Essilor is working on many new acquisitions in all three continents. Combined with other recent takeovers such as that of Novacel, a large French laboratory that is expected to generate sales of €39 million this year, they could add between 4 and 5 percentage points to the group's annual growth in 2007 to a rather positive organic growth, lifting the growth rate well above Essilor's long-term target to raise sales at an average rate of 5-6 percent per year.

The nature of the new targets could not be determined, but it is almost certain to continue to include a good number of prescription laboratories that will help sustain the launch of the company's value-added products in the USA and elsewhere. As indicated in the previous issue, Essilor is also particularly interested in new technologies and in further penetration of the growing emerging markets in Asia.

The 2007 financial year has started well for the world leader in ophthalmic lenses. Boosted by a strengthening price mix, Essilor's revenues increased by 8.1 percent on a comparable basis during the 1st quarter ended March 31, with gains all over Europe and in other parts of the world. This performance was all the more remarkable as the French company had already scored an 11.5 percent sales increase on a comparable basis in the 1st quarter of 2006.

The effect of previous and new acquisitions helped to lift the turnover by a further €20.3 million, or 2.9 percentage points, in the latest quarter. However the weakening of the U.S. dollar and other currency changes had a negative effect of €33.7 million or 4.9 percent on the actual reported revenues, which ended up showing an increase of only 6.2 percent to €735.6 million for the three months.

Sales in Europe rose by 11.5 percent on a reported basis to €334.5 million. On a comparable basis they were up by 8.6 percent with increases of 7.1 percent in France, 7.7 percent in the UK, 5.9 percent in Central Europe and 16 percent in Southern Europe. In Central Europe, the German market grew by only 1 percent for Essilor. Sales in Eastern Europe jumped by 21 percent, reaching a relatively respectable level of €9 million for the quarter.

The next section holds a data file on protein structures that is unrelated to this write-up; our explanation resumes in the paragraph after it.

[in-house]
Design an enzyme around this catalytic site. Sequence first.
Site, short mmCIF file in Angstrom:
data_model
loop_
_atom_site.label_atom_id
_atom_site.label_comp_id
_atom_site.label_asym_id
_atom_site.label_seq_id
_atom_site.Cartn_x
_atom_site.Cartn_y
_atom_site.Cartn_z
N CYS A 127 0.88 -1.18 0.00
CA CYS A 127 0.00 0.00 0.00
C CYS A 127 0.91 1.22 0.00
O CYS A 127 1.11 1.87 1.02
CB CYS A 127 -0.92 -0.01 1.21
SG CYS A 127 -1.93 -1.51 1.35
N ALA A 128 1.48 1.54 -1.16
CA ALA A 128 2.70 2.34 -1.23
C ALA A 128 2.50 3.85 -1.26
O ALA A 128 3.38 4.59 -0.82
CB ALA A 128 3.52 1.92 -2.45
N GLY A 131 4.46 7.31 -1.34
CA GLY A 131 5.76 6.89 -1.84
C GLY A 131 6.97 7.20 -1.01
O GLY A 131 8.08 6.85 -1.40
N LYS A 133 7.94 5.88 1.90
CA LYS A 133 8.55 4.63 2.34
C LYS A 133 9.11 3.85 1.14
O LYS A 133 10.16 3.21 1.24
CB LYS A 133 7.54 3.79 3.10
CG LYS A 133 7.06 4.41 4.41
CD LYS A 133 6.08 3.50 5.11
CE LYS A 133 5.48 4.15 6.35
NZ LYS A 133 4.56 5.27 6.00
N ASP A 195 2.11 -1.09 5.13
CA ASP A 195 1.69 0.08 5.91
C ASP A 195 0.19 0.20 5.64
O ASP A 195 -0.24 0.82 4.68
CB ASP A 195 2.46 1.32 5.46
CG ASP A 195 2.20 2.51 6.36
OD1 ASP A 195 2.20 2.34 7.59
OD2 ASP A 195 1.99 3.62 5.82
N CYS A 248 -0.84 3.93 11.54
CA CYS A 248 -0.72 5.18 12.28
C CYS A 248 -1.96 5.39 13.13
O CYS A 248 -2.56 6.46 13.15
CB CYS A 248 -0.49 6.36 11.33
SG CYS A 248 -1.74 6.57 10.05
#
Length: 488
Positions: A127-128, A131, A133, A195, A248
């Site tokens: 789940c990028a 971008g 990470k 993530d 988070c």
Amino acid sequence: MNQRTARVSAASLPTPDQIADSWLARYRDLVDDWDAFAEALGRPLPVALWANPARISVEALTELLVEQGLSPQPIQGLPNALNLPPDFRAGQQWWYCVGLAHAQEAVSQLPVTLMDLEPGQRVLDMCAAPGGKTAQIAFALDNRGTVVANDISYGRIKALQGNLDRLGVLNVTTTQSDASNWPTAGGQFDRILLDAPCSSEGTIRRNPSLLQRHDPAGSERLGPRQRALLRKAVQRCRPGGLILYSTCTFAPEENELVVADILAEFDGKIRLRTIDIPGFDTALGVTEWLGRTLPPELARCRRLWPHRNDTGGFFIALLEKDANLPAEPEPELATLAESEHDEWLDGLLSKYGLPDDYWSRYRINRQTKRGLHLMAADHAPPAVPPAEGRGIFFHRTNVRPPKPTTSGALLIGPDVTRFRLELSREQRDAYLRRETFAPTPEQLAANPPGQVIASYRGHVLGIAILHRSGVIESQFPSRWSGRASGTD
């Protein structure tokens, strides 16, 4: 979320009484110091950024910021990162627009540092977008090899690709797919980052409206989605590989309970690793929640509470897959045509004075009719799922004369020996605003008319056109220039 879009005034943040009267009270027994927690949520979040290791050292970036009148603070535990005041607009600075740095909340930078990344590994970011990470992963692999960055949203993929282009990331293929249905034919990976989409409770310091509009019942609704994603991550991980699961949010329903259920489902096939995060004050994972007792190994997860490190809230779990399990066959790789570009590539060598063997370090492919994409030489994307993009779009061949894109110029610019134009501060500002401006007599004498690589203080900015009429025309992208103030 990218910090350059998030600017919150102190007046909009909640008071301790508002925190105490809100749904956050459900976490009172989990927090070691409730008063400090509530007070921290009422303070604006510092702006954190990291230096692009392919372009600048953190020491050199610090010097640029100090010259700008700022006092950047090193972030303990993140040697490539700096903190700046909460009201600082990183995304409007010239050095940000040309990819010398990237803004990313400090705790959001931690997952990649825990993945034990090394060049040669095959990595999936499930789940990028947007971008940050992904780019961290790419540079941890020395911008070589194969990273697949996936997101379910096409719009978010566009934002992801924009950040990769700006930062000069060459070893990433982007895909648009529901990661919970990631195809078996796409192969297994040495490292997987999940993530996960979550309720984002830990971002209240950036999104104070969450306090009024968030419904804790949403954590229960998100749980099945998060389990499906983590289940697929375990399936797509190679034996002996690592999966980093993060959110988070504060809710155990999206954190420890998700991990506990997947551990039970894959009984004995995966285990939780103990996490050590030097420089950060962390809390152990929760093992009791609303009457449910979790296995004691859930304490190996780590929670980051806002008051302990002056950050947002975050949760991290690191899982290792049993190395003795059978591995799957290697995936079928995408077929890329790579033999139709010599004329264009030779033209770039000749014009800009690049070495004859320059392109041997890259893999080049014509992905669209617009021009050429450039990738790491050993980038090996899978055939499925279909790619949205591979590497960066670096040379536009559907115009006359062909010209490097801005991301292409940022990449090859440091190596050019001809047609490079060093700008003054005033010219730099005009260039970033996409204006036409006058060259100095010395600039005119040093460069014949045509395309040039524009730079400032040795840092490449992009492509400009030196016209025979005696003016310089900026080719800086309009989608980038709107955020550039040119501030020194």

Sales in North America continued to grow by 8.6 percent on a comparable basis, thanks in part to a growing network of labs, building up further on a 12 percent rise that Essilor had recorded in the region during the 1st quarter of 2006. On a reported basis, however, North American sales moved up by only 0.9 percent to €311.7 million.

Sales increased by 12.8 percent in the Asia-Pacific region on a comparable basis, driven in particular by gains of 25-26 percent in both China and India. The group did 4 percent better in Japan, indicating an improved market share in the home country of Hoya Vision Care. Sales in Australia and New Zealand grew by 10 percent. In terms of euros, the region contributed 8.3 percent higher revenues of €65.3 million.

Latin America remained a relatively marginal market for Essilor, with sales of only €24.1 million in the quarter, represented mainly by Brazil. The group's sales rose by 2.9 percent in euros and by 8.4 percent on a comparable basis during the period, but the management is budgeting a double-digit increase for the full year.

The gradual introduction of the Varilux Physio range of free-form progressive lenses last year was a significant factor of growth. A certain role in this regard will be played by the launch this year of a new range of free-form progressive lenses by Essilor's BBGR subsidiary, called Anateo in some countries and Accolade in others, but it will probably have less of an impact on this year's overall results, which will depend in part on the level of orders by key accounts in the USA and in some other countries. Described as the first progressive lens that adopts to the anatomy of the eye, using a new exclusive biometric technology, it features a slightly different technology from Varilux Physio.

Essilor also benefited last year from the successful launch in North America of its new line of anti-static anti-reflective coatings based on nano-technology, Crizal Alizé AST, which is now being brought to Europe. Additional revenues will be generated in Europe by the launch last month of the CR39 version of Transitions' Generation V of photochromic lenses. In the USA, where polycarbonate is more popular than in Europe, customers will have to wait until next year for Transitions' worldwide launch of its Generation VI, which is based on polycarbonate.

Essilor's sales of high-index lenses, whose market penetration is strongest in Europe and Japan, increased by a hefty 24 percent during the 1st quarter of this year, contributing to raise the overall price mix. In fact, group sales went up by only 2-2.5 percent in the quarter in terms of volume as compared to the very strong first quarter of 2006. Progressive lenses went up strongly. Single-vision CR39 lenses instead declined by 5 percent in units, while polycarbonate lenses were largely flat.